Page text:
Valentine’s Day was never a momentous day in my life. Growing up and spending my adolescence in Australia meant that as a celebratory day, it wasn’t really a big deal. It wasn’t marketed or observed in the same way that it is today. Like all teenage girls with a fascination for teenage boys, I pondered that emotionally loaded question, “Who will be my Valentine?” But apart from the occasional blank card (sent, no doubt by my best friend at the time), February 14th came and went very uneventfully. That is, until I met my husband.

I wouldn’t say that he is romantic in the traditional way; I would say that he is a master of the unexpected. Romance for him is about surprise, about being romantic when I least expect it. Most recently, he left on my bedside table the classic First Love by Ivan Turgenev, a short tale of a young man’s awakening to the complex nature of love. When I asked him what made him think of this book, he smiled in his quiet way and told me that he was always thinking of me. Few words spoken, much tenderness.

He is Australian, like me, and was not brought up to celebrate love on a given day. Over time, he has learned that Valentine’s Day is an important date in a woman’s calendar and one not to be missed. He plays along happily, he never disappoints, but the truth is that the greatest romantic moments in my life have never occurred on Valentine’s Day. This day of red roses, love hearts, and soft-centered chocolates has become a day of reflection and gratitude for me. I am both a woman in love and a woman who is loved. To be loved is one of life’s most precious gifts, and to be loved by the same man for thirty years is nothing short of miraculous. If Valentine’s Day is never anything more for me than a reminder that I am a most fortunate woman, then I will forever mark that day and cherish it.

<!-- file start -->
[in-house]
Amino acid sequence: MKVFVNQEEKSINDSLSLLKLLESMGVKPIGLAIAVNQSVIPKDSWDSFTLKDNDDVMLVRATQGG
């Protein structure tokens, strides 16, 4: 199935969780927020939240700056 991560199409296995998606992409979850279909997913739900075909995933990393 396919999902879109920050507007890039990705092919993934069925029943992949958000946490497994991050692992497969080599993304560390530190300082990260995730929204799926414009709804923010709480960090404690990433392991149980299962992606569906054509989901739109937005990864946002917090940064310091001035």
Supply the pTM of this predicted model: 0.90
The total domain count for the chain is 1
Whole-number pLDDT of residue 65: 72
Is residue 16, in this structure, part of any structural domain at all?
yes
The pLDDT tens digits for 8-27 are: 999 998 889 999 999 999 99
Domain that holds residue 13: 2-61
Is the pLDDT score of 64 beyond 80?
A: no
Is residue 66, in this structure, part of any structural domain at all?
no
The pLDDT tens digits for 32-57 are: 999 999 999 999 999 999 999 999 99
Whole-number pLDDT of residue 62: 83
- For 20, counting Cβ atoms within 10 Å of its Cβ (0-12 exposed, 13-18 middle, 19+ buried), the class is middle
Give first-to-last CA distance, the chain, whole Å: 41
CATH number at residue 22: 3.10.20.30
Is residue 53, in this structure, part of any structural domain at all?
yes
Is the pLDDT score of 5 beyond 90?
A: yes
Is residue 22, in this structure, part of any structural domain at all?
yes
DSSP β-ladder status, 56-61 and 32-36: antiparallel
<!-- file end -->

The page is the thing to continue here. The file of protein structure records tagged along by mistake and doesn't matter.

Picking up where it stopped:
Counting back my thirty Valentines would make a grand old tally of sentimental memorabilia, but the sum total of my romance, my own great love, is so much more than flowers, seductive dinners, and poetic words. More than the most generous of gifts, it is the sweet stolen looks, the unexpected praise, and the personal comfort that comes with familiarity. Romance—real, live, butterfly-making-spine-tingling-weak-at-the-knees-tear-blinking romance—happens when you least expect it.

And that is where Valentine’s Day can disappoint.

We know that this official day for romance is coming, just after Christmas and a little before Easter. We wait as the big stores exchange Christmas tinsel for red velvets, and then expect to be spoilt and surprised by our partners. Expectation is the enemy of surprise and has never been the friend of romance. Affairs of the heart and our fond memories of them are more often than not about the small intimacies and the revelations stumbled upon along the way. It is what we discover together and learn about each other that become the backbone of our romance and strengthen our bond of love.

Not every day can be Valentine’s Day, but how much more romantic the world would be—and how much happier we would feel—if we remembered more often to show the people we love that we are thinking of them. The simple gestures: to show affection, to be forgiving and gentle, to listen, to be generous with praise and to be passionate. These are the ways to revel in each other’s company and the way to celebrate love.

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  • Mary Beth Williams February 14, 2011 at 9:20 am

    This is a lovely lovely post, thank you– am sharing with two dear friends and my mother! Happy Valentine’s Day to you! I love all of your work and your blog!!